• 2 cups all-purpose flour
  • 1/4 cup sugar
  • 1 tablespoon baking powder
  • 3/4 teaspoon salt
  • 2 teaspoons grated orange peel
  • 1/4 cup (1/8 lb.) butter, chilled, plus 1/2 cup (1/4 lb.)
  • 3/4 cup milk
  • 2 tablespoons honey
  • 3/4 cup firmly packed brown sugar
  • 1 1/2 teaspoons ground cinnamon
  • 1/4 teaspoon ground nutmeg
  • 1 cup pecan halves
  • 2 Granny Smith apples (about 12 oz. total)


1. Preheat oven to 375°. In a large bowl, whisk together flour, sugar, baking powder, salt, and lemon peel. Cut the 1/4 cup chilled butter into 1/4-inch pieces. With a pastry blender or your fingers, cut or rub butter into flour mixture until it resembles coarse meal. Pour in milk all at once; stir just until combined. Cover with plastic wrap and chill until cool, 10 to 15 minutes.

2. Meanwhile, in a 1 1/2- to 2-quart pan over medium-low heat, melt remaining 1/2 cup butter. Stir in corn syrup, brown sugar, cinnamon, and nutmeg. Pour mixture into the bottom of an 8- by 8-inch baking pan. Sprinkle pecans evenly over mixture. Peel and core apples and slice as thinly as possible.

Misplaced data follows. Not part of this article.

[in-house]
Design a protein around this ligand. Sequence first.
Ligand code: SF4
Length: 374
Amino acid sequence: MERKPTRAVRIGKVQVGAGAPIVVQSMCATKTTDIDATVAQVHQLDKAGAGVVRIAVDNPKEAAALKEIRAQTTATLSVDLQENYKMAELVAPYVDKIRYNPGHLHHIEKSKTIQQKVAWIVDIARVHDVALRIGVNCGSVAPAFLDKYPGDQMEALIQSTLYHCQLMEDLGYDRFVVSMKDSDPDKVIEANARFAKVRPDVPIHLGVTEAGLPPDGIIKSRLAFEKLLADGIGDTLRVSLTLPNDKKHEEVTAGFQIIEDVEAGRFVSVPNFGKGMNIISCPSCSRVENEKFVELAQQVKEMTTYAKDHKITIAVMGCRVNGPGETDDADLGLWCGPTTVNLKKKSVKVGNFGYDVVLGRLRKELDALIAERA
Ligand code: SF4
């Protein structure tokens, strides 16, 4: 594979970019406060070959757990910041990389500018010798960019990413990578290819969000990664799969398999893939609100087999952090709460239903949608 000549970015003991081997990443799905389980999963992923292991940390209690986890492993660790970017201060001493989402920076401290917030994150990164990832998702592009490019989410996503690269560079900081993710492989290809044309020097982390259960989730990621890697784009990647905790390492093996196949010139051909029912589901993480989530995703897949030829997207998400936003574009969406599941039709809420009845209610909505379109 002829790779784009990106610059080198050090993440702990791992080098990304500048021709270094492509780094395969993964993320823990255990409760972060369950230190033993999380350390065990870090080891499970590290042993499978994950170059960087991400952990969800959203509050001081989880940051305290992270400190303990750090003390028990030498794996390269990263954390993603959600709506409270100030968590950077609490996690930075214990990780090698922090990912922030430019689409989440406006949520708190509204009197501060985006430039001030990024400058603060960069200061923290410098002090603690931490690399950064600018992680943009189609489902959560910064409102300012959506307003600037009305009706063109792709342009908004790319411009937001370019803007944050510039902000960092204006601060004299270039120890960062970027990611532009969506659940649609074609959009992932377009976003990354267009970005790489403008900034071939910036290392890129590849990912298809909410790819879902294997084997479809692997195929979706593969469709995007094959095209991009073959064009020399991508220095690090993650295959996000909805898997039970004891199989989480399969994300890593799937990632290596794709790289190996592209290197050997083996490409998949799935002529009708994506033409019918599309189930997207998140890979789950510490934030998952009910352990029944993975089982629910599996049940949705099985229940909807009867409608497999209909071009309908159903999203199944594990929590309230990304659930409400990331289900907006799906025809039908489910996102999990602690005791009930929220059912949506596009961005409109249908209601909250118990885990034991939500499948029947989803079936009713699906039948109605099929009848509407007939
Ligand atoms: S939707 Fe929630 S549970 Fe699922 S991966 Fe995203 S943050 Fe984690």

3. Turn dough onto a lightly floured surface. Knead about 15 times, adding just enough flour to keep dough from sticking. With a floured rolling pin, roll dough into a 12-inch square.

4. Distribute apple slices and raisins over dough, leaving a 1-inch border along top edge. Working from the bottom, roll up dough, squeezing as you go; pinch edge to seal. Cut roll crosswise into 9 slices. Lay slices flat over syrup and pecans in pan.

5. Bake until rolls are golden brown, about 30 minutes. Invert a platter over pan and, holding both tightly together, invert again. Lift off pan and let rolls cool about 15 minutes. Serve warm.


  • The original recipe called for lemon zest, but I’m more of an orange girl, so I went with that.
  • I omitted the suggested raisins … just a personal preference.
  • Not having made this type of thing before, I worried about the very thin dough when rolling it up, but the buns were nice a puffy coming out of the oven.